The blog post of 7 July 2009 that formally confirmed Chrome OS mentioned open source four times, and Linux twice. The telling point, though, was that Linux was alluded to in one of those mentions as if it was a competitor, rather than a companion, of Chrome OS. The key phrase read, when discussing the benefits to applications developers, “these apps will run not only on Google Chrome OS, but on any standards-based browser on Windows, Mac and Linux, thereby giving developers the largest user base of any platform”.
Right there. That’s when Google distanced itself from the Linux ‘brand’ if you will, and instead cited Chrome OS on a competitive footing to the entire Linux movement, as well as Windows and Mac OS.
And you know what? It’s absolutely right to do so.
Just look at the debacle of PC World trying to sell netbooks with Linux on them to its customers. The L word there is simply scaring people away, for an abundance of reasons, all of which are fuelled by a sales staff that presumably have never had to sell Linux before. A simple sales patter could, in theory, accentuate the positives, and suggest that factors such as security alone score Linux a home run, yet that’s no use when half of the products in your store are dependent on a Windows world for their revenue.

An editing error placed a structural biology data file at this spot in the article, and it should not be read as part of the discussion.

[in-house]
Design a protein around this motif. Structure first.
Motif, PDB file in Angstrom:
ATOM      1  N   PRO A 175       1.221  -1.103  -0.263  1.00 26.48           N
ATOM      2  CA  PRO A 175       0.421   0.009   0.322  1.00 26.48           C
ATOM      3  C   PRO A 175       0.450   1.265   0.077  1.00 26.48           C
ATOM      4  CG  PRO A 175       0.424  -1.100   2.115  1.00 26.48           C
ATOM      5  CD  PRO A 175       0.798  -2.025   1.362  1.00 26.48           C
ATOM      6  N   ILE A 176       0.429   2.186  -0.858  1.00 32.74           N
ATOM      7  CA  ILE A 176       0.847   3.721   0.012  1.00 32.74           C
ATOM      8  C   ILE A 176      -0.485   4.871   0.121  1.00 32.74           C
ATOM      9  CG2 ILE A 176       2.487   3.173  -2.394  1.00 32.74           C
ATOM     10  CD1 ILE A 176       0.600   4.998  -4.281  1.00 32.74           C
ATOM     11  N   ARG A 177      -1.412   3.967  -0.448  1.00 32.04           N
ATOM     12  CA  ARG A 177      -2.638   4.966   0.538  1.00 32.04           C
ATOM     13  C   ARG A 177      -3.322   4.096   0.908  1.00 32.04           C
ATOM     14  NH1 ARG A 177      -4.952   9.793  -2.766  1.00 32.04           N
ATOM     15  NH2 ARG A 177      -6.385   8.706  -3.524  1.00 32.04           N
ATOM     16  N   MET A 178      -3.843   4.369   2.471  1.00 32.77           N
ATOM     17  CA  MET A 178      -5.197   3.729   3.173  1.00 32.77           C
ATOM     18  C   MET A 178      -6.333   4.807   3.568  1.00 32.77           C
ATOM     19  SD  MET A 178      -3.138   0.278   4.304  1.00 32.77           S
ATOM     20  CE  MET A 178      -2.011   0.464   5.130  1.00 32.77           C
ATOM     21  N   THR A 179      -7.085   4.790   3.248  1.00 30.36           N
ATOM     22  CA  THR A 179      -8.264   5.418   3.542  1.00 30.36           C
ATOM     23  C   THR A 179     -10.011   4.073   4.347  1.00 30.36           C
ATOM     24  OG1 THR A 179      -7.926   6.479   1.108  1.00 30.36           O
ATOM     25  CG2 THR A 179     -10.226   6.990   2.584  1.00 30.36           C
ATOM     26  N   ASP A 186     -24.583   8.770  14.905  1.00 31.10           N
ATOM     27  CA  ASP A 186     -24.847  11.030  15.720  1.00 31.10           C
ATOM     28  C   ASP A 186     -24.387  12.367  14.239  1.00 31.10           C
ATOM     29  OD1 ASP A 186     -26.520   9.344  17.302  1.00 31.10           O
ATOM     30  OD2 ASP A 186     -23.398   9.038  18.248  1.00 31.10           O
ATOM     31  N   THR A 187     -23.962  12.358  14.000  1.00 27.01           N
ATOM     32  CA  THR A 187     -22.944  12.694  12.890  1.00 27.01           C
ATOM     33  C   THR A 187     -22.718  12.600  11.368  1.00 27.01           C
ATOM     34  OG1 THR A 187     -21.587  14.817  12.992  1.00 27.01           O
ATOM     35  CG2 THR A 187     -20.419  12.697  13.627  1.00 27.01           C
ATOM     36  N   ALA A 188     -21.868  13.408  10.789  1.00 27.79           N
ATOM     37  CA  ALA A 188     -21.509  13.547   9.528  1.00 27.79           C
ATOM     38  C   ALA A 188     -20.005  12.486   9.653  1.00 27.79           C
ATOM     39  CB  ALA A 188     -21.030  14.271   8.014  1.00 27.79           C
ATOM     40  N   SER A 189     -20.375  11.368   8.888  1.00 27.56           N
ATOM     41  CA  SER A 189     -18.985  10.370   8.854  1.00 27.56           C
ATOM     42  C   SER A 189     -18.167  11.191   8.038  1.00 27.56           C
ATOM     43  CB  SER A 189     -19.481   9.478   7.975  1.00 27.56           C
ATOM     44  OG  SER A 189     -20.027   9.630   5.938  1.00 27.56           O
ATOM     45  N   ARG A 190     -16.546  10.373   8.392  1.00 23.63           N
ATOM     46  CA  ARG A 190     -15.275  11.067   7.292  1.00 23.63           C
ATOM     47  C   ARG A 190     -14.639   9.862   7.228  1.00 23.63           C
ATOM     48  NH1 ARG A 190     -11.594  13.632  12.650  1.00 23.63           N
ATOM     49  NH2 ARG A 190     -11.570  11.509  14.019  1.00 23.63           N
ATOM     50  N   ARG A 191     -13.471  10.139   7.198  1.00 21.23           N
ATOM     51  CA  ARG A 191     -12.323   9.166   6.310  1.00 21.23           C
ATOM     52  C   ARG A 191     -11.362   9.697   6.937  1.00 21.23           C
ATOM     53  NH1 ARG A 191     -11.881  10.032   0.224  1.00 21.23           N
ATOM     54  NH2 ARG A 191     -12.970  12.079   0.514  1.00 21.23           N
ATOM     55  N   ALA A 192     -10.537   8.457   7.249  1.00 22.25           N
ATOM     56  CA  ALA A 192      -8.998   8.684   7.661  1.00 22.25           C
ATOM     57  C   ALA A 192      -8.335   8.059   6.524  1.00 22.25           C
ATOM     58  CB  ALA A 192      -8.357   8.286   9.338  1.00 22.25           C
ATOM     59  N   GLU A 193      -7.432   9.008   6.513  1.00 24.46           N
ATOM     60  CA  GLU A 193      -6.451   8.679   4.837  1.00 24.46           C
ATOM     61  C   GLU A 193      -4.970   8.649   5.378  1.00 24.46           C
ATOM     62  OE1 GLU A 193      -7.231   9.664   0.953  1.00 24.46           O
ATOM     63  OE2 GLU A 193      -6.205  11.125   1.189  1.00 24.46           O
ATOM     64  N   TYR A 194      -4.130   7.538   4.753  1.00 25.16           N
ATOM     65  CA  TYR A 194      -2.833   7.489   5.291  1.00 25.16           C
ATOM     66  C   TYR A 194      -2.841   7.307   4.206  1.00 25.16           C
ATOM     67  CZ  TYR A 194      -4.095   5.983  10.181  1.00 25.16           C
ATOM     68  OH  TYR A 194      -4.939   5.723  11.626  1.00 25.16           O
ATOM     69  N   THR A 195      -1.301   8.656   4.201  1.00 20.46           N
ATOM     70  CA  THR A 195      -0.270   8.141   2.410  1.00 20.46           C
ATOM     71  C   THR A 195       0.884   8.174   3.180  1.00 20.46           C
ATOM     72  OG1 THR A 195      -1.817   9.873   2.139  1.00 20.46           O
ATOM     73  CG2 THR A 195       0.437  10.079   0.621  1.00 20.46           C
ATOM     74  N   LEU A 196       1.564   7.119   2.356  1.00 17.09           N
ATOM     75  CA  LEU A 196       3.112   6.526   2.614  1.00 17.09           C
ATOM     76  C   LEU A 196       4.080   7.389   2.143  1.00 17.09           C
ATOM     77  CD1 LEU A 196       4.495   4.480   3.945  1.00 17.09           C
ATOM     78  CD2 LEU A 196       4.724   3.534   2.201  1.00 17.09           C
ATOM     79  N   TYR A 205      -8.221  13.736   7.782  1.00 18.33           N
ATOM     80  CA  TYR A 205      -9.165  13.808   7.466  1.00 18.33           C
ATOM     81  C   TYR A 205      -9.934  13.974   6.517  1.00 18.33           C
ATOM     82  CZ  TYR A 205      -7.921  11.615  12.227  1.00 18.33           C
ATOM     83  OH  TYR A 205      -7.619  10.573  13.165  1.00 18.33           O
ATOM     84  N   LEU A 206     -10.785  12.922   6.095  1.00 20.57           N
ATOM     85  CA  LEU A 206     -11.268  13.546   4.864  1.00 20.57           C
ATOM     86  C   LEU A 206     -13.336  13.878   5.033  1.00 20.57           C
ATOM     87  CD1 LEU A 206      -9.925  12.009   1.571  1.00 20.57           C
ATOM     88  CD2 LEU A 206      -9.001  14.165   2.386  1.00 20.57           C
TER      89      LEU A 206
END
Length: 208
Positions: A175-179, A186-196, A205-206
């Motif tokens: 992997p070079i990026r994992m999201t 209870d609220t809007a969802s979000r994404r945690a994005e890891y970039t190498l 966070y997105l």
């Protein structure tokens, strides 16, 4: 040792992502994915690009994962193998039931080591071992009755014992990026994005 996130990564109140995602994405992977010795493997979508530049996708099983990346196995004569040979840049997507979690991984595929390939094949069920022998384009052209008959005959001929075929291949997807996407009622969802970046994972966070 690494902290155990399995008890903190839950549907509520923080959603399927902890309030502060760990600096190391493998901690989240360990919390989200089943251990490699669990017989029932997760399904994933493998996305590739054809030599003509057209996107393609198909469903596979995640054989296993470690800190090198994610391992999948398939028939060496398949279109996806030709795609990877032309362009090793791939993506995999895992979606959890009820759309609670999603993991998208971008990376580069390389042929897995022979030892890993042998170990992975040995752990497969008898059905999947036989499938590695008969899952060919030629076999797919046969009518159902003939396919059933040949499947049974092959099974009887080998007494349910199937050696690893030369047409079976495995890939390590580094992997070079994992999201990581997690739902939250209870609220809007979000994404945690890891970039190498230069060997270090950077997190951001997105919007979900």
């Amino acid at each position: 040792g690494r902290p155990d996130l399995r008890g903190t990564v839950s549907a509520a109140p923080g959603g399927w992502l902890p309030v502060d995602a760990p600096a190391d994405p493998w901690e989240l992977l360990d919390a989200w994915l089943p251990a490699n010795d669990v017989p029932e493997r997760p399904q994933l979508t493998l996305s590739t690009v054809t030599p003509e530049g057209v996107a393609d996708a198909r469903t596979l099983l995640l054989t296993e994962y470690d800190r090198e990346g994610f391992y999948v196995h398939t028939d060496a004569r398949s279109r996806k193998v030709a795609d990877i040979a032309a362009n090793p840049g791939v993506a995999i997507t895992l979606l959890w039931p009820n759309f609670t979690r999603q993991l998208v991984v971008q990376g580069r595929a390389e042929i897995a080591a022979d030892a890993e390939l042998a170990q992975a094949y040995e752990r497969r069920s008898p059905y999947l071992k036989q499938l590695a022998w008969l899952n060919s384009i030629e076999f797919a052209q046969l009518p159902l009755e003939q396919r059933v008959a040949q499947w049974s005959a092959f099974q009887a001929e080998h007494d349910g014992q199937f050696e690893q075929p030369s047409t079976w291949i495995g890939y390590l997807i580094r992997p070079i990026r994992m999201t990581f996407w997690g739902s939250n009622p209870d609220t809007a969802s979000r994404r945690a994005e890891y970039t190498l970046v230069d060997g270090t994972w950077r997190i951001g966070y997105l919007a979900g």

Thus, Google is taking a wise, albeit inevitably controversial, decision. It’s doing the highest profile version of Linux that we’ve seen in a decade or so, and doing so without letting people into the secret that this is Google Linux by any other name.
For the Linux community, though, Google could be a perfect Trojan horse. Nobody is seriously suggesting that the house of Microsoft is about to topple courtesy of the announcement of one new product, but there’s a tangible shot at biting off a painful 5% of the market for Microsoft. And that’s far more likely to happen under the Google name than it is under the title of Linux. A harsh truth, perhaps, but the truth nonetheless…
It seems a fair trade-off, though. Let the substance be Linux, let the brand be Google, and let’s just take things from there…
A former editor of Linux User & Developer, he spends his time moving between Windows, Mac OS and Linux. His desk also needs a thorough tidy-up.
This article first appeared in issue 80 of Linux User & Developer.